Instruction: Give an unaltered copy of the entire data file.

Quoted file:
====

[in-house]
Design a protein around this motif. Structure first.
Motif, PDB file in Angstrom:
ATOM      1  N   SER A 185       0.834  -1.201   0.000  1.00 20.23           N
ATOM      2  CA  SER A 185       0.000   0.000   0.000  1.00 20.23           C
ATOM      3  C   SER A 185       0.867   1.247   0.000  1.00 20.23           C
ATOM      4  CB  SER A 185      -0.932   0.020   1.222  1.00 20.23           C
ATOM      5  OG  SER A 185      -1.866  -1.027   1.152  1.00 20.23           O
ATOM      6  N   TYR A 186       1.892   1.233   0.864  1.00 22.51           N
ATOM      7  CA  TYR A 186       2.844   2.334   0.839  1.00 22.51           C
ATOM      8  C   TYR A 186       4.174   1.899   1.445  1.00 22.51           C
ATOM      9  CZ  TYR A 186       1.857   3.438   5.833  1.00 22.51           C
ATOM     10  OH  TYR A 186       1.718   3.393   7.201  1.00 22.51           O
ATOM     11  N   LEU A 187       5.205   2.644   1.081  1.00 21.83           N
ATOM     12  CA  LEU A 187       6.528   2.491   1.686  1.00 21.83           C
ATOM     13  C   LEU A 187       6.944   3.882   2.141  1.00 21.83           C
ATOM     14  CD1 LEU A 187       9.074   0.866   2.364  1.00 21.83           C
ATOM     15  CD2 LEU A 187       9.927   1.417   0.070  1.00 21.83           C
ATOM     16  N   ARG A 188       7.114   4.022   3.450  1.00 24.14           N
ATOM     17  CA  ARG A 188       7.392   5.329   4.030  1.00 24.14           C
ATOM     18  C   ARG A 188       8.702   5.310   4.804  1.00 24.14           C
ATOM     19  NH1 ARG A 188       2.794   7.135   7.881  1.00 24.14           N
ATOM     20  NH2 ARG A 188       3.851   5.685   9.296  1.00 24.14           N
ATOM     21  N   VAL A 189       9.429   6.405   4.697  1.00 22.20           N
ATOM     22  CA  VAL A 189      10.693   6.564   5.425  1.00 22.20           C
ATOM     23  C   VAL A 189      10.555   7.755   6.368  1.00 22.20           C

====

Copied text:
[in-house]
Design a protein around this motif. Structure first.
Motif, PDB file in Angstrom:
ATOM      1  N   SER A 185       0.834  -1.201   0.000  1.00 20.23           N
ATOM      2  CA  SER A 185       0.000   0.000   0.000  1.00 20.23           C
ATOM      3  C   SER A 185       0.867   1.247   0.000  1.00 20.23           C
ATOM      4  CB  SER A 185      -0.932   0.020   1.222  1.00 20.23           C
ATOM      5  OG  SER A 185      -1.866  -1.027   1.152  1.00 20.23           O
ATOM      6  N   TYR A 186       1.892   1.233   0.864  1.00 22.51           N
ATOM      7  CA  TYR A 186       2.844   2.334   0.839  1.00 22.51           C
ATOM      8  C   TYR A 186       4.174   1.899   1.445  1.00 22.51           C
ATOM      9  CZ  TYR A 186       1.857   3.438   5.833  1.00 22.51           C
ATOM     10  OH  TYR A 186       1.718   3.393   7.201  1.00 22.51           O
ATOM     11  N   LEU A 187       5.205   2.644   1.081  1.00 21.83           N
ATOM     12  CA  LEU A 187       6.528   2.491   1.686  1.00 21.83           C
ATOM     13  C   LEU A 187       6.944   3.882   2.141  1.00 21.83           C
ATOM     14  CD1 LEU A 187       9.074   0.866   2.364  1.00 21.83           C
ATOM     15  CD2 LEU A 187       9.927   1.417   0.070  1.00 21.83           C
ATOM     16  N   ARG A 188       7.114   4.022   3.450  1.00 24.14           N
ATOM     17  CA  ARG A 188       7.392   5.329   4.030  1.00 24.14           C
ATOM     18  C   ARG A 188       8.702   5.310   4.804  1.00 24.14           C
ATOM     19  NH1 ARG A 188       2.794   7.135   7.881  1.00 24.14           N
ATOM     20  NH2 ARG A 188       3.851   5.685   9.296  1.00 24.14           N
ATOM     21  N   VAL A 189       9.429   6.405   4.697  1.00 22.20           N
ATOM     22  CA  VAL A 189      10.693   6.564   5.425  1.00 22.20           C
ATOM     23  C   VAL A 189      10.555   7.755   6.368  1.00 22.20           C